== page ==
Edmund Woolley

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Edmund Woolley designed and built Independence Hall, although it is traditionally attributed to Andrew Hamilton

Edmund Woolley (c.1695—1771) was an English-born American architect and master carpenter, best known for building Independence Hall in Philadelphia, Pennsylvania, United States.


Woolley was born in England around 1695, and emigrated to the Thirteen Colonies as a child, around 1705. It is not known with whom he apprenticed or where he learned his trade. He was one of the first members of The Carpenters' Company of the City and County of Philadelphia.[1]

Independence Hall, 1732–1748 and 1750–1753[edit]

He began construction of the Pennsylvania State House (better known today as Independence Hall) in 1732. Traditionally, credit for the building's design has been given to Andrew Hamilton, but modern scholarship argues that he contributed little to the project.[2] A surviving 1735 receipt lists a £5 payment to Woolley for "drawing drafts," "fronts" (elevations) and "Plans of the first and Second floors of the State House."[1] The building took 16 years for Woolley and his workers, who included Ebenezer Tomlinson and Thomas Nevell, to complete.[1] The interior woodwork was carved by Samuel Harding and Bryan Wilkinson.[3]

The second floor featured meeting rooms and a banquet hall the width of the building. The original stairway proved inadequate for so large a building. In 1750, Woolley laid the foundations for a brick tower to house a grand staircase and support a wooden steeple.[4] The tower's exterior was completed in 1753, but Hardings's interior woodwork was not completed until 1756.[5] The bell ordered for the tower in 1751, is now known as the Liberty Bell.

Whitefield Meeting House, 1740[edit]

Woolley designed and built the Whitefield Meeting House (1740, demolished), a Methodist church and charity school named for preacher George Whitefield. Its 70-by-100 foot (21 x 30.5 m), 2-1/2 story building at 4th & Arch Streets was the largest building in the American Colonies[6] – larger than the then-under-construction Pennsylvania State House.[7]

The charity school struggled financially. On the recommendation of Benjamin Franklin, the building was purchased in 1749 for use by what became the Academy of Philadelphia (1751). Several years later, the academy was granted a Royal charter to establish a college, the College of Philadelphia (1755). The academy and college are predecessors of the University of Pennsylvania.[8]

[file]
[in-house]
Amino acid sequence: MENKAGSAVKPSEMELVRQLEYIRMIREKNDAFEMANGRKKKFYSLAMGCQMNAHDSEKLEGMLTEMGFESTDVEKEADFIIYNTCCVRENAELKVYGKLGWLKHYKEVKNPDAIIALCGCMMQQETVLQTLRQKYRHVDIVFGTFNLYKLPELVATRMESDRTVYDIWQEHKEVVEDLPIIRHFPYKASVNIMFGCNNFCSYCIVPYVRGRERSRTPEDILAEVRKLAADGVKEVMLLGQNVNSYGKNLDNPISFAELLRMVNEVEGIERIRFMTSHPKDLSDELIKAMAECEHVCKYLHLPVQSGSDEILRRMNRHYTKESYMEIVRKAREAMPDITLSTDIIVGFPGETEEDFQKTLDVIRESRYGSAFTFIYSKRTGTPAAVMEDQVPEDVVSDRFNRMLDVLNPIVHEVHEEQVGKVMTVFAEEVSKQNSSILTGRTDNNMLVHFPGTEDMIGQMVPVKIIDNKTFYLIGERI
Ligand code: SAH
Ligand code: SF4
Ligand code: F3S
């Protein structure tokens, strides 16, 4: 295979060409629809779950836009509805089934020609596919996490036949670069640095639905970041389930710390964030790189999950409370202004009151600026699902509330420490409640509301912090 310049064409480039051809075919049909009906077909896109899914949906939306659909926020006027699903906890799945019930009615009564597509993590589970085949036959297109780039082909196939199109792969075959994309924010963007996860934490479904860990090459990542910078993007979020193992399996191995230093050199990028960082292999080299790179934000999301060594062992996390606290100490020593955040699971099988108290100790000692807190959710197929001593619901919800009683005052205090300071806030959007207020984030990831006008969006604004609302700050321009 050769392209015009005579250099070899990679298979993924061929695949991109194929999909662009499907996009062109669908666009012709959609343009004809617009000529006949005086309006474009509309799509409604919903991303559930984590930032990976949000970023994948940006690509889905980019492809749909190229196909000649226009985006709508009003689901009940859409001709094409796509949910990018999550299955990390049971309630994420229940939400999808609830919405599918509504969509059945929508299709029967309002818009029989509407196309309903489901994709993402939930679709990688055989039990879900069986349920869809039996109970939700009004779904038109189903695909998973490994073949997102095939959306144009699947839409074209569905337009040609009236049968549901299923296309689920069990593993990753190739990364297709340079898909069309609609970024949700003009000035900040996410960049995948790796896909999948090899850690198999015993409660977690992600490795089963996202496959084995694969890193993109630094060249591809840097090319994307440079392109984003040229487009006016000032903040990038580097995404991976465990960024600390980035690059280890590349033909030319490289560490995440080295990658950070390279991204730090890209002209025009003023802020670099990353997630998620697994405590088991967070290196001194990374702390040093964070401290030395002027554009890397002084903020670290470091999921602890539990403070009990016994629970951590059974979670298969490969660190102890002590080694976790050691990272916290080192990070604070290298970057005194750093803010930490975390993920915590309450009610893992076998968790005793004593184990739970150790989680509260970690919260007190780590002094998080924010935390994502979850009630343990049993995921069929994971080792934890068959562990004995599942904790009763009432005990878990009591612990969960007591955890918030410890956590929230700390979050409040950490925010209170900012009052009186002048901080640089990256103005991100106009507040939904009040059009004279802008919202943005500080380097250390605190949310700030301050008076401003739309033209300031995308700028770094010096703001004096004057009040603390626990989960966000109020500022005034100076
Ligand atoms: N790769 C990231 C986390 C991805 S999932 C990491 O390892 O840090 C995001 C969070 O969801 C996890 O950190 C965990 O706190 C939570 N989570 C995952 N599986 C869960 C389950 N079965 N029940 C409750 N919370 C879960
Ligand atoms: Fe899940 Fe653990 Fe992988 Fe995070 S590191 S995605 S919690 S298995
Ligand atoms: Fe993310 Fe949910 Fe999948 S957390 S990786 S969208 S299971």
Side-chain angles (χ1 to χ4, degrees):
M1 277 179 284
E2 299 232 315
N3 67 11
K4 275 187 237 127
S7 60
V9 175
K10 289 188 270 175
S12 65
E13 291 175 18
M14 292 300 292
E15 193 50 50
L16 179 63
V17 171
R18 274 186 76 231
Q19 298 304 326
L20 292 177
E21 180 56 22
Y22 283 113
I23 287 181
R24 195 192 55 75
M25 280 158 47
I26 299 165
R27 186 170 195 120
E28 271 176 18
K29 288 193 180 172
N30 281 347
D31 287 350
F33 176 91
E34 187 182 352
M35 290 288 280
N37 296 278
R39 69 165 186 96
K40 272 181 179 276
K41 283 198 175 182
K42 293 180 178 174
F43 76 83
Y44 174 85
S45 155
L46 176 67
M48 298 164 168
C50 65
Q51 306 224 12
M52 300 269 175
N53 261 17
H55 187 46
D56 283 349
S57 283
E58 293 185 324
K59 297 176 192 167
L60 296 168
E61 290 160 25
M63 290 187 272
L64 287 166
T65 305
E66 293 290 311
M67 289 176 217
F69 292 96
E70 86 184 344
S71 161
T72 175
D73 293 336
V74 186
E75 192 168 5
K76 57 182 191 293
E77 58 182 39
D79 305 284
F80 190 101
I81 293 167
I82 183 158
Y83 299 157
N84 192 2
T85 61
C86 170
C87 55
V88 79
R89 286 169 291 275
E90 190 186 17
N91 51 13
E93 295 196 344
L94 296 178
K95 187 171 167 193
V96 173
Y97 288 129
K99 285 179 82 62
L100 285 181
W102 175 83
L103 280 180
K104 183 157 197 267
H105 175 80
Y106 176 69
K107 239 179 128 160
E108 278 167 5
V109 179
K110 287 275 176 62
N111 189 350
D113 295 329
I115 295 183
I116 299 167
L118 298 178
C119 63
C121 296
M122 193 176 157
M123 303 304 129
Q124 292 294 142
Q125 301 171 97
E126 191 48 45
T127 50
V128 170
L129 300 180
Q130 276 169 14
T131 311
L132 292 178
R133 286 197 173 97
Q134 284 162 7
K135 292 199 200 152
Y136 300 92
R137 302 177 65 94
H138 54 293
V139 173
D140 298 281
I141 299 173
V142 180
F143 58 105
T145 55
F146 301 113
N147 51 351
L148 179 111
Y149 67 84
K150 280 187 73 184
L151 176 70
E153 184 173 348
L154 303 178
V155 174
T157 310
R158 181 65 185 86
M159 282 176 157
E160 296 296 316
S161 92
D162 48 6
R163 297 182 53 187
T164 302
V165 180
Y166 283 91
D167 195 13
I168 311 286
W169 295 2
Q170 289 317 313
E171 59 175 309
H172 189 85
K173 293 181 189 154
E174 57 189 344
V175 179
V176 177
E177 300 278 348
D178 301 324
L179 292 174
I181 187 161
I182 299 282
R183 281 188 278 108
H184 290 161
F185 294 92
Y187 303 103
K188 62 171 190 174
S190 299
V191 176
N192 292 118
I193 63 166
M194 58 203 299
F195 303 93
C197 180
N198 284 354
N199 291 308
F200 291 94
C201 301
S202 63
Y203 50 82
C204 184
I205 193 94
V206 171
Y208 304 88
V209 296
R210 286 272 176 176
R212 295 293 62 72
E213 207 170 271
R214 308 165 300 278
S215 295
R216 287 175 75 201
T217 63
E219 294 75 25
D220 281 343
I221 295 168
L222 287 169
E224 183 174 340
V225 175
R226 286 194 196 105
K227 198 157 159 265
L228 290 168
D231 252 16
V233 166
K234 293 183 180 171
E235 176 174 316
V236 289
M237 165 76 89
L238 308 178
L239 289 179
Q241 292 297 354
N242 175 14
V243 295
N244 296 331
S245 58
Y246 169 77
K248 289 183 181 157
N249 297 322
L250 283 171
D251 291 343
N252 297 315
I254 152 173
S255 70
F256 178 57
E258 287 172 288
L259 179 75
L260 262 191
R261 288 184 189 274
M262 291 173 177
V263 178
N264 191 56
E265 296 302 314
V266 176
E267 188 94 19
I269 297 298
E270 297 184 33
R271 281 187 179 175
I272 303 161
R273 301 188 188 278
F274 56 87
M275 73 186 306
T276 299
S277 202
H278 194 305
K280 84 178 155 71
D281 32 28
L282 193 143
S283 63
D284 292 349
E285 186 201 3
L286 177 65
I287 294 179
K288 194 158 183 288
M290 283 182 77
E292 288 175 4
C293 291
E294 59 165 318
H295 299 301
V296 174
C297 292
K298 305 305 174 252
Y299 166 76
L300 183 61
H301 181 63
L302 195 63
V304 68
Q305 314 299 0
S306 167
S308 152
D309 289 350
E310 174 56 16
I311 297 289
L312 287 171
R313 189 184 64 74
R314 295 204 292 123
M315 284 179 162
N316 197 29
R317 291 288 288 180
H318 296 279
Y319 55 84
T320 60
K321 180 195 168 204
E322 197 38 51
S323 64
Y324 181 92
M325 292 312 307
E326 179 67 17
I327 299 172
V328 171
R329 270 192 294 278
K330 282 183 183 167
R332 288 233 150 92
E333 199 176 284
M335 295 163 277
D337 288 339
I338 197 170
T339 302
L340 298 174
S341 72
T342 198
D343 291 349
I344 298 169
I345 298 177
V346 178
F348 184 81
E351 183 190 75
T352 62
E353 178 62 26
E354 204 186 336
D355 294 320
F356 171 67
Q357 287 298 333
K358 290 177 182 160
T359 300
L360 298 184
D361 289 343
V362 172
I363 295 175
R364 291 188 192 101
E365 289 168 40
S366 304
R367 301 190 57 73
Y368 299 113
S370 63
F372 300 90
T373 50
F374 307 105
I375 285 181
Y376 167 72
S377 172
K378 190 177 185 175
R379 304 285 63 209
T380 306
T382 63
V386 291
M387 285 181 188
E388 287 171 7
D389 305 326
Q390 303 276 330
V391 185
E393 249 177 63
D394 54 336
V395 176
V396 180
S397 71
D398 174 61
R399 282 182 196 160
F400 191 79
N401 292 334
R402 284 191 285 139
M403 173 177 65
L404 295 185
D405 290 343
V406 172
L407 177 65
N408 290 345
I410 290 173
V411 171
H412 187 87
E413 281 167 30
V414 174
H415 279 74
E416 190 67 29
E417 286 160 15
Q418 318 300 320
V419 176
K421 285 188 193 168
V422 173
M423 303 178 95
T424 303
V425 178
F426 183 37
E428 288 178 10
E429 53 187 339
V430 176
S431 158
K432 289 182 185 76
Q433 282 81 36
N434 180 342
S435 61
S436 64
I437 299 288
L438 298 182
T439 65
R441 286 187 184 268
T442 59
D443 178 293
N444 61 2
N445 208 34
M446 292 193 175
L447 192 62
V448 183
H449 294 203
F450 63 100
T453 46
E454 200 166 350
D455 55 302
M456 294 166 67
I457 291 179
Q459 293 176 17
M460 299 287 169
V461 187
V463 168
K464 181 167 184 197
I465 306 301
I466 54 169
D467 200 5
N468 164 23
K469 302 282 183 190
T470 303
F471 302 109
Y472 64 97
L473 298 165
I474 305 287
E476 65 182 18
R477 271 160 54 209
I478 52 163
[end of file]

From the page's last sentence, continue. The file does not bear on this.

The Whitefield Meeting House was demolished by 1845.[9]

Hope Lodge, 1743–1748[edit]

Woolley was responsible for design and construction of the Whitemarsh Estate (today known as Hope Lodge). The Georgian country mansion was built by Quaker businessman Samuel Morris in what is now Fort Washington, Pennsylvania.[10]

Selected works[edit]


  1. ^ a b c Biography of Edmund Woolley at Philadelphia Architects and Buildings Project
  2. ^ Biography of Andrew Hamilton at Philadelphia Architects and Buildings Project
  3. ^ Beatrice Garvan, "The State House (Independence Hall)," Philadelphia: Three Centuries of American Art (Philadelphia Museum of Art, 1976), p. 42.
  4. ^ Garvan, p. 42.
  5. ^ Constance M. Greiff, Independence: The Creation of a National Park (University of Pennsylvania Press, 1987), p. 132.
  6. ^ Carl G. Karsch, Carpenters' Company Members and Independence National Historical Park, from ushistory.org. Karsch states that the Pennsylvania State House was the largest building in the American Colonies, but the Whitefield Meeting House was larger.
  7. ^ PENN: The Early Years - The Charity School, Academy and College of Philadelphia
  8. ^ Penn Archives: Indenture transferring land on the west side of Fourth Street to the Trustees of the Academy and Charitable School of Philadelphia
  9. ^ Penn's First Campus, 1749–1801, from University of Pennsylvania Archives.
  10. ^ Through a Looking Glass: Colonial and Colonial Revival Hope Lodge